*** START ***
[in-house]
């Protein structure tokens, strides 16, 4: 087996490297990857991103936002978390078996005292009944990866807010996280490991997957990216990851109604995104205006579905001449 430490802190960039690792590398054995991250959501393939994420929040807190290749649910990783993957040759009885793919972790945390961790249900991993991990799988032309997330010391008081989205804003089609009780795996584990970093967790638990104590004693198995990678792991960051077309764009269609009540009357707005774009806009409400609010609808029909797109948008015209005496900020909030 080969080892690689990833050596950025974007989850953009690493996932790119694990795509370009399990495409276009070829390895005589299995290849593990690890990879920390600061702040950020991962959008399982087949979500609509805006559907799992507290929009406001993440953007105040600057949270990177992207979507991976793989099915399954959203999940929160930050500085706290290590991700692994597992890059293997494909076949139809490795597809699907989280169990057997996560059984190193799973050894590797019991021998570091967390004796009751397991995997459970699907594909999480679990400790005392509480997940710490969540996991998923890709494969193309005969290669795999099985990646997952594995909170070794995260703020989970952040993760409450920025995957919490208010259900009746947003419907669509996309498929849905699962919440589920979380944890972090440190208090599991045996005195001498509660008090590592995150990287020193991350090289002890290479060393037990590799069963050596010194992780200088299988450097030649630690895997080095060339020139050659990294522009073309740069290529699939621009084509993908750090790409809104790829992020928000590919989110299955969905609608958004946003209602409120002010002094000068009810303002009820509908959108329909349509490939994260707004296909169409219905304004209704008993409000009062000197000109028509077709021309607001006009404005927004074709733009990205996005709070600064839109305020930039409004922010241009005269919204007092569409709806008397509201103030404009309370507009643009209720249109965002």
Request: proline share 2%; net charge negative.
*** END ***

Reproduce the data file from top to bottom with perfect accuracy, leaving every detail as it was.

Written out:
[in-house]
């Protein structure tokens, strides 16, 4: 087996490297990857991103936002978390078996005292009944990866807010996280490991997957990216990851109604995104205006579905001449 430490802190960039690792590398054995991250959501393939994420929040807190290749649910990783993957040759009885793919972790945390961790249900991993991990799988032309997330010391008081989205804003089609009780795996584990970093967790638990104590004693198995990678792991960051077309764009269609009540009357707005774009806009409400609010609808029909797109948008015209005496900020909030 080969080892690689990833050596950025974007989850953009690493996932790119694990795509370009399990495409276009070829390895005589299995290849593990690890990879920390600061702040950020991962959008399982087949979500609509805006559907799992507290929009406001993440953007105040600057949270990177992207979507991976793989099915399954959203999940929160930050500085706290290590991700692994597992890059293997494909076949139809490795597809699907989280169990057997996560059984190193799973050894590797019991021998570091967390004796009751397991995997459970699907594909999480679990400790005392509480997940710490969540996991998923890709494969193309005969290669795999099985990646997952594995909170070794995260703020989970952040993760409450920025995957919490208010259900009746947003419907669509996309498929849905699962919440589920979380944890972090440190208090599991045996005195001498509660008090590592995150990287020193991350090289002890290479060393037990590799069963050596010194992780200088299988450097030649630690895997080095060339020139050659990294522009073309740069290529699939621009084509993908750090790409809104790829992020928000590919989110299955969905609608958004946003209602409120002010002094000068009810303002009820509908959108329909349509490939994260707004296909169409219905304004209704008993409000009062000197000109028509077709021309607001006009404005927004074709733009990205996005709070600064839109305020930039409004922010241009005269919204007092569409709806008397509201103030404009309370507009643009209720249109965002």
Request: proline share 2%; net charge negative.